There was a certain inevitability about Millstone Cheese. The process of producing most cheeses traditionally creates something approximating a wheel and, with a hole in the middle you have a millstone. But that said it took a couple of people with the passion for both the Peak District and cheese making to create a cheese version of the region’s most iconic of objects.
As is our way (you see I avoided the whey pun there!) we made sure we were able to see the nuts and bolts of the operation by arranging to visit the farm on a cheese making day. Holding an interview over a warm vat of curds was a new experience but it takes more than that to curdle our blood! Sorry, that one slipped out there.
The 60 acre farm is situated between Hathersage and the foot of Stanage Edge. The whole property is in the midst of a renovation that seems set to transform the house and surrounding farm buildings. The facility for cheese making is a revelation. Built inside one of the existing buildings it is clinically clean and super insulated to save energy. We were required to don disposable coats, over-shoes and hair nets before we went inside. Suitably attired, hands washed and having being quizzed to ensure we weren’t going to contaminate the environment we entered the place where cheesy magic happens.
Sophie and James make cheese together. Milk is collected from a single, local herd and pasteurised as it enters the building using a rather efficient heat recovery, continuous pasteuriser that Carol says I had far too much geeky interest in. The performance of this is monitored before and during use to ensure a properly treated raw material enters the cheesemaking area as perfectly pasteurised precursor for cheese making. Except when it’s being pumped into the stainless steel transfer container at the dairy farm next door the liquid milk is fed, gently by gravity to ensure the structure of the milk isn’t changed. The continuous pasteuriser helps in this respect too, heating then quickly cooling the milk to maintain its quality.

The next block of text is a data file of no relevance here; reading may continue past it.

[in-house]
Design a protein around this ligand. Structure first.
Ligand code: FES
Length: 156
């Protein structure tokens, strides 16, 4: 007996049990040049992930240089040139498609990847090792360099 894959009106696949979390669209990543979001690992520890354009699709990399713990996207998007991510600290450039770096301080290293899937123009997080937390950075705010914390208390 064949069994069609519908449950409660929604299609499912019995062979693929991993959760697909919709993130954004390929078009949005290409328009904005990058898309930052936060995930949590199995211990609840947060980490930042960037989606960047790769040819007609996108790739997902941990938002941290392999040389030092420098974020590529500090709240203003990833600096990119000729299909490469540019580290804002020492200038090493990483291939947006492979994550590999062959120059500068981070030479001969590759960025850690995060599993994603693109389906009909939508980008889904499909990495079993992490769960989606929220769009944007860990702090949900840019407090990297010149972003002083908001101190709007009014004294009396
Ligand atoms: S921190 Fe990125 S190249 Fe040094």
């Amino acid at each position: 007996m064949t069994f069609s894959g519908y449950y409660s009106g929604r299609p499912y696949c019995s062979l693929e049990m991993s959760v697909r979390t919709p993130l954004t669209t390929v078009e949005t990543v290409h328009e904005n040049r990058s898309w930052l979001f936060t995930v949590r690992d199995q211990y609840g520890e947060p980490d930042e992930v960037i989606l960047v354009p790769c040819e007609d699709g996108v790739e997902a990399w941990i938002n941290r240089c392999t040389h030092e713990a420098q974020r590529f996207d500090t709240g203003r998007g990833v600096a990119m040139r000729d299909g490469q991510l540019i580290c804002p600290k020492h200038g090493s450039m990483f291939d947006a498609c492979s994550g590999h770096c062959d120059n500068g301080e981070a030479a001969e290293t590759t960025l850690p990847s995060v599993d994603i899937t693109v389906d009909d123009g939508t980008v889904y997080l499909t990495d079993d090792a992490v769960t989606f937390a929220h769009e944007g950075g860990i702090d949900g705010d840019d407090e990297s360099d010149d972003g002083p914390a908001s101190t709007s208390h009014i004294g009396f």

The now pasteurised milk starts its journey into cheese, first in large vats where the starter culture and rennet are added. Once the curds and whey have separated the curds are scooped by hand into special moulds. These moulds with a tube in the centre were designed by Sophie using her ingenuity and engineering skills. They’re based on standard, food-safe plastic parts. So instead of costly bespoke cheese moulds you have relatively inexpensive, effective and impressive devices by their hundreds around the place. All that’s left is at the appropriate point to salt, age and wrap the cheeses before despatching it to retailers.
The whey doesn’t go to waste either, as it’s collected and goes to feed the pigs in another part of the farm.
It took three years for the couple to make the journey from making small batches of cheese in their kitchen to making 300 at a time in their purpose built facility. As James observed “The cheese industry is very welcoming.”, so trips to existing cheese producers across France and the UK helped the couple learn the industry and crystalise in their minds the type of product they wanted to create.
That said, as the couple pointed out “You can make the same cheese in the same way in a different environment and end up with a totally different taste.” Fundamentally it’s all about the cheesy flora in the environment of your cheese making facility. This means that the amount of culture added to the milk to start the cheese making process is being constantly tuned to ensure a consistent and delicious product. Both Sophie and James are passionate about this process of making cheese, James in particular being a self-confessed “cheese geek”. We got the impression that he’s not the only one in the industry with an almost obsessive interest in the process of making cheese and the science and skill behind it.
So what’s it like? Well, Millstone Cheese is a soft cheese not unlike Camembert or Brie in texture but with a tangy bitterness that seems to mellow as the cheese ages. I rather enjoyed it, but it wasn’t quite to Carol’s taste. It has a certain butteryness courtesy of the milk used and careful handling of the raw material.
Where to Buy Millstone Cheese
There are a number of small stores and delis stocking millstone cheese right now. You can find a full list here. In the future production may be scaled to allow distribution via larger outlets but that will only happen if Sophie and James are satisfied that the quality of the finished product will not be affected.
The Future for Millstone Cheeses at Cow Close Farm
Aside from the already popular Millstone Cheese we found trials underway at the farm for a blue version of the cheese. Not available yet but keep an eye out for it in the shops in the near future. In the meantime if you love cheese you should try some Millstone Cheese and support another local Peak District business.